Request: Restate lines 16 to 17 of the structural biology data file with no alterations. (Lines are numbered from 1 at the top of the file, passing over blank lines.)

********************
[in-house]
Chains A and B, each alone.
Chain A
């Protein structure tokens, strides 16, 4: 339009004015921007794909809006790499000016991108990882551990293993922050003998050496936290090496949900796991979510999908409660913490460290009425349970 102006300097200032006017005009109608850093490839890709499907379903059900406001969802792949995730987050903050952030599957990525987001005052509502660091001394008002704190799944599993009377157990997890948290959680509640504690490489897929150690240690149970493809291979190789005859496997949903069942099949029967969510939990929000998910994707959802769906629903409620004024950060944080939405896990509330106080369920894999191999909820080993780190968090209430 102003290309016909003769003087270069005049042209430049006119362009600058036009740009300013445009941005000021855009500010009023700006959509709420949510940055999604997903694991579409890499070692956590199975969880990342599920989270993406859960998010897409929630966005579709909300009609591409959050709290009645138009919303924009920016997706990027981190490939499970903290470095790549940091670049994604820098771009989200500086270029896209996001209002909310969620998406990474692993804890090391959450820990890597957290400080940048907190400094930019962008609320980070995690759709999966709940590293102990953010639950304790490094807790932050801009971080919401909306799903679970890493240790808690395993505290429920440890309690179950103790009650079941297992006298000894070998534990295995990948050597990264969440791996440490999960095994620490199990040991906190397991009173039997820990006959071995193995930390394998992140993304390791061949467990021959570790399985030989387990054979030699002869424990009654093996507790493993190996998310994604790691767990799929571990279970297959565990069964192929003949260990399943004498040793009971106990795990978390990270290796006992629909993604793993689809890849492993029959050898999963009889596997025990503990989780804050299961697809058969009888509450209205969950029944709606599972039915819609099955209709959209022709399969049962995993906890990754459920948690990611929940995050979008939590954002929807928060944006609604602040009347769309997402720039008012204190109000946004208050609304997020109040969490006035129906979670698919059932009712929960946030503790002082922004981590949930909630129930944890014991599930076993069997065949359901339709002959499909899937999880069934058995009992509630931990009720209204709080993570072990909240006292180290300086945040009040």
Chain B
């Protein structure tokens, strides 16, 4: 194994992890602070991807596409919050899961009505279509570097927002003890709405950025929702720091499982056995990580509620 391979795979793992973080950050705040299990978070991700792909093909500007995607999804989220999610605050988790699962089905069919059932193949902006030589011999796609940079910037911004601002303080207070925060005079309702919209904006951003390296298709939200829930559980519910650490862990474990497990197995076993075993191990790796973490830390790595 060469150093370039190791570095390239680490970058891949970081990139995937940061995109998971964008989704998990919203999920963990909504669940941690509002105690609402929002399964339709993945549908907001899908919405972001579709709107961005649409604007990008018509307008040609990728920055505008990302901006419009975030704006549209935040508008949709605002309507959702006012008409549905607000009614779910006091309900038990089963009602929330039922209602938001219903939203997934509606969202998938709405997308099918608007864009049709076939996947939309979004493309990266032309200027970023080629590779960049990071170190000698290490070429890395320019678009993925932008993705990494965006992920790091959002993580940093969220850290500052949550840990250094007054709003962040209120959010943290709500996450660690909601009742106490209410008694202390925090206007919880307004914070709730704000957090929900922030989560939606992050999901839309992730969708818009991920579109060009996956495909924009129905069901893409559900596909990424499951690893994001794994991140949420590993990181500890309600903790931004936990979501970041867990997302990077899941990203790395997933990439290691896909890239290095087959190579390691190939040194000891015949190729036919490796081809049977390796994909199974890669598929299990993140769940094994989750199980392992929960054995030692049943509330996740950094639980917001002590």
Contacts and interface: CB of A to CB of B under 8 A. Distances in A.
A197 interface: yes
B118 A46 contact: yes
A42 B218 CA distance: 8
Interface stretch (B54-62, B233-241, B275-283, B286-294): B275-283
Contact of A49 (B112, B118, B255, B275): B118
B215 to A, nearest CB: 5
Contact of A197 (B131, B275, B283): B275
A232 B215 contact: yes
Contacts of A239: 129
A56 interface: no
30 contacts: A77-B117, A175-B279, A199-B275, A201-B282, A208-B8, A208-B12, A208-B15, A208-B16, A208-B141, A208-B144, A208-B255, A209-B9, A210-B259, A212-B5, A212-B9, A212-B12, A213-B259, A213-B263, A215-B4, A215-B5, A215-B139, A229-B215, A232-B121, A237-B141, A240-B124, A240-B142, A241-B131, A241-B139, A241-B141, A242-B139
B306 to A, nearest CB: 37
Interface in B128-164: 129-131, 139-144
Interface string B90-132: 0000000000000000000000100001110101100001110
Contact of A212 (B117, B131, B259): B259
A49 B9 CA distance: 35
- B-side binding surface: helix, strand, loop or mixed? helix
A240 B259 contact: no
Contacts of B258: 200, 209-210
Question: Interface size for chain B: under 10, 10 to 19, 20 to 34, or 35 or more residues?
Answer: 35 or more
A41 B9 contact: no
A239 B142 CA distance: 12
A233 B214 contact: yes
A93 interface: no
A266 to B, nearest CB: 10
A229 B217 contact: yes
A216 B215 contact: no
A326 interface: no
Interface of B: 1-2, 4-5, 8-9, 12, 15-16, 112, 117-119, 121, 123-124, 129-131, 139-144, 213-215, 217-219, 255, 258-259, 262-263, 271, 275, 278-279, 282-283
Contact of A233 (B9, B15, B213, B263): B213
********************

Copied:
Contacts of A239: 129
A56 interface: no